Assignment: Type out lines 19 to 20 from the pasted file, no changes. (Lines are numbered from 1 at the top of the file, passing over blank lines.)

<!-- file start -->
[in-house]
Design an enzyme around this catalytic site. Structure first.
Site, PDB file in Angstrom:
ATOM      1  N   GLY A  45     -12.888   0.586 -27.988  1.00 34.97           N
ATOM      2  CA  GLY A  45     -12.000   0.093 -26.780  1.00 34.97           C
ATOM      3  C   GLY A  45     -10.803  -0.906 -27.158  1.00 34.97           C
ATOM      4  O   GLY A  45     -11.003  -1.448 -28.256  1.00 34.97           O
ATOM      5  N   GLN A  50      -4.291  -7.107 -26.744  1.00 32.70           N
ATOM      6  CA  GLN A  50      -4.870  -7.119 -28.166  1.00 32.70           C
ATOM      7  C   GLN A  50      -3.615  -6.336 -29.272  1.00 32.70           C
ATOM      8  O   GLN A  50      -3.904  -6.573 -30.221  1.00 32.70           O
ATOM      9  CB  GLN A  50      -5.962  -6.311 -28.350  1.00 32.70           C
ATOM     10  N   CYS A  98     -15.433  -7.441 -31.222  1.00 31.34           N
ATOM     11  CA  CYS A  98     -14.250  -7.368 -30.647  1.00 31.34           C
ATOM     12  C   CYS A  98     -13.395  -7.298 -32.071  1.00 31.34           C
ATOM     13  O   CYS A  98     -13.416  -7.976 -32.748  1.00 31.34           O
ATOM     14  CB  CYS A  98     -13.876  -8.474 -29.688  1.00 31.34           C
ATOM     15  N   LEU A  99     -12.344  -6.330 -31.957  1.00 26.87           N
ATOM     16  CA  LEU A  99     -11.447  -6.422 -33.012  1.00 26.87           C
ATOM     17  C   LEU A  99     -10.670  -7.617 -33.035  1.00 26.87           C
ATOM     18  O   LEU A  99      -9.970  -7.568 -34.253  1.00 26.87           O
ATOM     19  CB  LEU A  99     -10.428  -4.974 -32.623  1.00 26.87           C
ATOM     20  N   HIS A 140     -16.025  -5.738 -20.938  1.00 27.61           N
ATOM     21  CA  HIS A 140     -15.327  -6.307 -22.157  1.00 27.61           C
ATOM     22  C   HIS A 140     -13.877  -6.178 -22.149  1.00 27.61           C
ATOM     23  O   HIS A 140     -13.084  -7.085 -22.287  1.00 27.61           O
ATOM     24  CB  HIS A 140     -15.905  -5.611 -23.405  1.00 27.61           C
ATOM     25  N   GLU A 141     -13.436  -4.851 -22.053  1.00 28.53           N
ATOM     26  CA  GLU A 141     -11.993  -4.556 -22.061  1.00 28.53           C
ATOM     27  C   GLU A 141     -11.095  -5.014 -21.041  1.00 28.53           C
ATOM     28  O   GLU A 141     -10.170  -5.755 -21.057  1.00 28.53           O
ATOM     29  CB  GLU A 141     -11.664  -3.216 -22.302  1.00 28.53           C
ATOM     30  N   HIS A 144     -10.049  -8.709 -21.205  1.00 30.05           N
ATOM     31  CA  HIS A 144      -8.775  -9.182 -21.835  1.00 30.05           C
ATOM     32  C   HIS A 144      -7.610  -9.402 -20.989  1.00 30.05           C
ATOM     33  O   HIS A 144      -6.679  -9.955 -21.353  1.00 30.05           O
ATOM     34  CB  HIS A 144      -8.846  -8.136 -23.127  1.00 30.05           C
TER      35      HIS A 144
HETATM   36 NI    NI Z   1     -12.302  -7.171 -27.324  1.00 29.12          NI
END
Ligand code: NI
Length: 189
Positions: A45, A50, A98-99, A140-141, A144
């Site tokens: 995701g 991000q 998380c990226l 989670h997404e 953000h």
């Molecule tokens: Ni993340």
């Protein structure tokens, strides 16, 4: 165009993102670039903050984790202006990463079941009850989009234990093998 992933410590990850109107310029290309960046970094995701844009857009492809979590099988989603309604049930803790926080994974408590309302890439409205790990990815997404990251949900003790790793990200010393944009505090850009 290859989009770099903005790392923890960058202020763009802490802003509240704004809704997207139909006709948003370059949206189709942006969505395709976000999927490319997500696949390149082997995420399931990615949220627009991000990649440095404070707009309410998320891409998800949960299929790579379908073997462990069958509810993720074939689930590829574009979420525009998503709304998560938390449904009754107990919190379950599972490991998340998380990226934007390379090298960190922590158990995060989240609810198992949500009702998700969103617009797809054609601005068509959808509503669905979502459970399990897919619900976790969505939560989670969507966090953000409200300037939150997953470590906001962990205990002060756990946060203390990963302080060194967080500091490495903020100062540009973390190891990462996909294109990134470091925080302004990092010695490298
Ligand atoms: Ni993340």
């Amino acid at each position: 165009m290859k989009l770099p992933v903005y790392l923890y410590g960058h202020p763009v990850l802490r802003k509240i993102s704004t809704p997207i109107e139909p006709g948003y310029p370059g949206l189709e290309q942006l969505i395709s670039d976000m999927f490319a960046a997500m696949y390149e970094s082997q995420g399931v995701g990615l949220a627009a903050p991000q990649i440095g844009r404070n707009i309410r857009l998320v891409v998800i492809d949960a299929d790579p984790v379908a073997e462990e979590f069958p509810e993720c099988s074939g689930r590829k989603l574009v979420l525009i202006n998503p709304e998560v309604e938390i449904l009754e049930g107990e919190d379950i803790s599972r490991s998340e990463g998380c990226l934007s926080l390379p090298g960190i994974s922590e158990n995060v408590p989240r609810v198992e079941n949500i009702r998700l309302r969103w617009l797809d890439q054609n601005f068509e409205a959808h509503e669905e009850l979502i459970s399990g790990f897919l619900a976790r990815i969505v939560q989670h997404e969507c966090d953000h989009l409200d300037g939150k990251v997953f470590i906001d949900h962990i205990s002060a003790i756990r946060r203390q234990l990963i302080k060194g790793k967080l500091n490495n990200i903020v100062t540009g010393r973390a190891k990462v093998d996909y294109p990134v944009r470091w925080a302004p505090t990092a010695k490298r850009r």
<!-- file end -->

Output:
ATOM     16  CA  LEU A  99     -11.447  -6.422 -33.012  1.00 26.87           C
ATOM     17  C   LEU A  99     -10.670  -7.617 -33.035  1.00 26.87           C